Shaker Woods Shakerwoods Festival Columbiana, Ohio
Shaker Woods Shakerwoods Festival Columbiana, Ohio Shaker Woods Shakerwoods Festival Columbiana, Ohio Shaker Woods Shakerwoods Festival Columbiana, Ohio

Shaker Woods ~ Festival Articles: Archive

McCarty: Scroll Saw, Aruba Leads to Under the Copper Awning

Aruban Copper got its start in the summer of 2016. However, if one you wants to get technical, it actually started in 1991 when Sarah Huth McCarty received a scroll saw from her dad as a Christmas present. An industrial arts teacher, her father knew the value of being a “maker” long before it was trendy.

That year Sarah wanted a Barbie Dream house, but her dad thought she’d get a lot more from making her own instead of receiving one. Was he ever right!

Somewhere in the measuring, sawing, and painting, Sarah caught the “maker” bug. She started making gifts for family members, and even began small enterprising ventures by crafting wooden animals to sell.

Sarah followed in her father’s footsteps by earning a degree in secondary education and a master’s in secondary leadership. It wasn’t until last summer—, after eight years of teaching and three years of marriage—that the opportunity to learn a new art form presented itself. While Sarah and her husband, JD McCarty, were planning their bi-annual trip to Aruba, she had an epiphany. Knowing she couldn’t lie on the beach for 18 hours each day, Sarah suggested taking classes from a local artisan.

Through her research, she came across Cosecha, a local artist co-op. Thanks to Cosecha, Sarah connected with Dutch-Aruban artist Hendrick Schouten, who graciously demonstrated some of his copper fold-form techniques. Sarah fell in love with the process and the way the copper jewelry resembled the coral and shells found on the beach in Aruba. The organic shapes are created by repeatedly hitting the metal with a hammer at various angles. Very few copper artists in the world use this particular hammering technique. Finding metalsmithing hammers proved to be a challenge; however, knowing how to use power tools to create wearable art wasn’t—thanks to the scroll saw she received in 1991. The bracelets are hammered an average of 750 times with a hammer on anvil. Each piece is folded several times and annealed or softened at least twice.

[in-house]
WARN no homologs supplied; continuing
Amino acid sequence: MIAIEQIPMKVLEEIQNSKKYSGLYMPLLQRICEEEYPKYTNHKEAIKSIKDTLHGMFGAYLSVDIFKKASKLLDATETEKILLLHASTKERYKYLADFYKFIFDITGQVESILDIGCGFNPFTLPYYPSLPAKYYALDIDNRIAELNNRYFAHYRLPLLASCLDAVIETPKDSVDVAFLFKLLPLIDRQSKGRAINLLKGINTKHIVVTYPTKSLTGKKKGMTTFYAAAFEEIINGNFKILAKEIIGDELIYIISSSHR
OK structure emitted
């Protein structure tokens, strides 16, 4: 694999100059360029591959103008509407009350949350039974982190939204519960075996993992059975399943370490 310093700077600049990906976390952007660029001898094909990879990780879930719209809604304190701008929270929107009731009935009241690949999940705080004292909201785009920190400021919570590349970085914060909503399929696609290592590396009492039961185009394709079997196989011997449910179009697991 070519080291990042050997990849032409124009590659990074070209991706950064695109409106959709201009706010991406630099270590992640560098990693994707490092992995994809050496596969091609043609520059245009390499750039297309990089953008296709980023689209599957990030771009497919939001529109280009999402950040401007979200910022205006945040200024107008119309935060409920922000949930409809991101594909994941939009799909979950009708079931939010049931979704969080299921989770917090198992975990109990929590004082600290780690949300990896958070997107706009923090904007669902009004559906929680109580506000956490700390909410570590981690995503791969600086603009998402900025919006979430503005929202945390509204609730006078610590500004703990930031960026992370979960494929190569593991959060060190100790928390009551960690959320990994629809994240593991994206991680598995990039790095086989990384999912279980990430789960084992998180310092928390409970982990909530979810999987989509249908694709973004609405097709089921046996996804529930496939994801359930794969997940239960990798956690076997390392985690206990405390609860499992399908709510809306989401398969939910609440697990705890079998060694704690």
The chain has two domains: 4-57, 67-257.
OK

One of the last and most important steps—for the customer—is coating the piece with an Everbrite product that keeps the copper from tarnishing or turning the skin green.
Sarah will have copper fold-formed necklaces, bracelets, and earrings available for purchase at the Shaker Woods 2017 show. Live hammering and annealing demonstrations will take place in Booth 200 under...what else? A new copper awning!

She’ll also be debuting a necklace piece called a Mermaid Tail with a teal patina and pearl accents for those who love the beach or quite simply wish they were there. Sarah hopes you’ll find a unique Aruban Copper piece of wearable art that you can treasure for decades.

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Shaker Woods Shakerwoods Festival Columbiana, Ohio

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